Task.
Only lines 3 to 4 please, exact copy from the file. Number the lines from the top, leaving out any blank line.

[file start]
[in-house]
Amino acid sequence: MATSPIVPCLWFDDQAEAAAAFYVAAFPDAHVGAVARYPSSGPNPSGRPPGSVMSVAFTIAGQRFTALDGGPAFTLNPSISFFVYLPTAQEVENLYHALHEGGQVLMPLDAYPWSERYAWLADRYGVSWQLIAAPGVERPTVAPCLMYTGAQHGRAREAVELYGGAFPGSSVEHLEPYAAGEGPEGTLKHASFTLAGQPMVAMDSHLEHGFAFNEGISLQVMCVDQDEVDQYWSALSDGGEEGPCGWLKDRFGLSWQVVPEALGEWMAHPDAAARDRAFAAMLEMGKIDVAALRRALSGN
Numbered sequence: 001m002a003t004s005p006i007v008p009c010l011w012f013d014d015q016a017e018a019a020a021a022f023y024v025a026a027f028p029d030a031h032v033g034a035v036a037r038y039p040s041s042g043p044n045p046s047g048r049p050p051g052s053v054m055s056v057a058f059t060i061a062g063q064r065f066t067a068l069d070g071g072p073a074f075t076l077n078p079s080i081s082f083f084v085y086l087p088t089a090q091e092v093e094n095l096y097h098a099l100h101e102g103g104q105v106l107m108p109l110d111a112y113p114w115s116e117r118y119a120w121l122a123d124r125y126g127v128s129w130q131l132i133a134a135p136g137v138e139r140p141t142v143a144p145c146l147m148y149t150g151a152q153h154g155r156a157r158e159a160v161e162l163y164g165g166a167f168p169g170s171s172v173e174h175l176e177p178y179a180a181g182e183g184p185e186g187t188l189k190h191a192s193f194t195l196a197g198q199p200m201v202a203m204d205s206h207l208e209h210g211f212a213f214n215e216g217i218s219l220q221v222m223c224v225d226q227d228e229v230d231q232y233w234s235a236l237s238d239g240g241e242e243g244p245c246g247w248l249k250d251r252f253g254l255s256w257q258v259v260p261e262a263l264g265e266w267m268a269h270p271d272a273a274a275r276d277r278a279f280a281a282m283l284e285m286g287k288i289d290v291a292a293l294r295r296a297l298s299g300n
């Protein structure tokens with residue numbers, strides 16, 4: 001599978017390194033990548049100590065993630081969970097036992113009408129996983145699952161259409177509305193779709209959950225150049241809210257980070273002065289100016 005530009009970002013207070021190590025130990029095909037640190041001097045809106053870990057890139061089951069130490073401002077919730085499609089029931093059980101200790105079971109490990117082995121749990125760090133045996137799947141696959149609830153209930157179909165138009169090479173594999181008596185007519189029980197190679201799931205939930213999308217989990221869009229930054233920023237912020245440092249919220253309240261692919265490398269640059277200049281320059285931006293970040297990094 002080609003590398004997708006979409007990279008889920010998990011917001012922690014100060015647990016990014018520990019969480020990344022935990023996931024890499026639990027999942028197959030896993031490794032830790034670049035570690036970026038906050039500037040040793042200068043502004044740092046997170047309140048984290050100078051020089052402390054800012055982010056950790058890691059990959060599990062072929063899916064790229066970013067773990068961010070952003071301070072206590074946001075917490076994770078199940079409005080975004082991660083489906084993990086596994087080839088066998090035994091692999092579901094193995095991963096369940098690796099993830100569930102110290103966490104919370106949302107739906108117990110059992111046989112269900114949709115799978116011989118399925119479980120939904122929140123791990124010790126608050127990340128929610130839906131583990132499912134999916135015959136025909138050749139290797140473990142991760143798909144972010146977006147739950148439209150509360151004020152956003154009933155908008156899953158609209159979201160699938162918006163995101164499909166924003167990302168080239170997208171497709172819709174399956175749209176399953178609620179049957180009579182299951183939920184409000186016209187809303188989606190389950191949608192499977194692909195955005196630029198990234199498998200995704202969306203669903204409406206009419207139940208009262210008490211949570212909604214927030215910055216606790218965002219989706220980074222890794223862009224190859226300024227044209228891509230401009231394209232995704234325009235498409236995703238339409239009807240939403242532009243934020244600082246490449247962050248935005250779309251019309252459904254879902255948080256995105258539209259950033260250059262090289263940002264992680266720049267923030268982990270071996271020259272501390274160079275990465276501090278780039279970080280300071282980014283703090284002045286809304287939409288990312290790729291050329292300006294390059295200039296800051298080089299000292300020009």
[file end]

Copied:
Numbered sequence: 001m002a003t004s005p006i007v008p009c010l011w012f013d014d015q016a017e018a019a020a021a022f023y024v025a026a027f028p029d030a031h032v033g034a035v036a037r038y039p040s041s042g043p044n045p046s047g048r049p050p051g052s053v054m055s056v057a058f059t060i061a062g063q064r065f066t067a068l069d070g071g072p073a074f075t076l077n078p079s080i081s082f083f084v085y086l087p088t089a090q091e092v093e094n095l096y097h098a099l100h101e102g103g104q105v106l107m108p109l110d111a112y113p114w115s116e117r118y119a120w121l122a123d124r125y126g127v128s129w130q131l132i133a134a135p136g137v138e139r140p141t142v143a144p145c146l147m148y149t150g151a152q153h154g155r156a157r158e159a160v161e162l163y164g165g166a167f168p169g170s171s172v173e174h175l176e177p178y179a180a181g182e183g184p185e186g187t188l189k190h191a192s193f194t195l196a197g198q199p200m201v202a203m204d205s206h207l208e209h210g211f212a213f214n215e216g217i218s219l220q221v222m223c224v225d226q227d228e229v230d231q232y233w234s235a236l237s238d239g240g241e242e243g244p245c246g247w248l249k250d251r252f253g254l255s256w257q258v259v260p261e262a263l264g265e266w267m268a269h270p271d272a273a274a275r276d277r278a279f280a281a282m283l284e285m286g287k288i289d290v291a292a293l294r295r296a297l298s299g300n
């Protein structure tokens with residue numbers, strides 16, 4: 001599978017390194033990548049100590065993630081969970097036992113009408129996983145699952161259409177509305193779709209959950225150049241809210257980070273002065289100016 005530009009970002013207070021190590025130990029095909037640190041001097045809106053870990057890139061089951069130490073401002077919730085499609089029931093059980101200790105079971109490990117082995121749990125760090133045996137799947141696959149609830153209930157179909165138009169090479173594999181008596185007519189029980197190679201799931205939930213999308217989990221869009229930054233920023237912020245440092249919220253309240261692919265490398269640059277200049281320059285931006293970040297990094 002080609003590398004997708006979409007990279008889920010998990011917001012922690014100060015647990016990014018520990019969480020990344022935990023996931024890499026639990027999942028197959030896993031490794032830790034670049035570690036970026038906050039500037040040793042200068043502004044740092046997170047309140048984290050100078051020089052402390054800012055982010056950790058890691059990959060599990062072929063899916064790229066970013067773990068961010070952003071301070072206590074946001075917490076994770078199940079409005080975004082991660083489906084993990086596994087080839088066998090035994091692999092579901094193995095991963096369940098690796099993830100569930102110290103966490104919370106949302107739906108117990110059992111046989112269900114949709115799978116011989118399925119479980120939904122929140123791990124010790126608050127990340128929610130839906131583990132499912134999916135015959136025909138050749139290797140473990142991760143798909144972010146977006147739950148439209150509360151004020152956003154009933155908008156899953158609209159979201160699938162918006163995101164499909166924003167990302168080239170997208171497709172819709174399956175749209176399953178609620179049957180009579182299951183939920184409000186016209187809303188989606190389950191949608192499977194692909195955005196630029198990234199498998200995704202969306203669903204409406206009419207139940208009262210008490211949570212909604214927030215910055216606790218965002219989706220980074222890794223862009224190859226300024227044209228891509230401009231394209232995704234325009235498409236995703238339409239009807240939403242532009243934020244600082246490449247962050248935005250779309251019309252459904254879902255948080256995105258539209259950033260250059262090289263940002264992680266720049267923030268982990270071996271020259272501390274160079275990465276501090278780039279970080280300071282980014283703090284002045286809304287939409288990312290790729291050329292300006294390059295200039296800051298080089299000292300020009």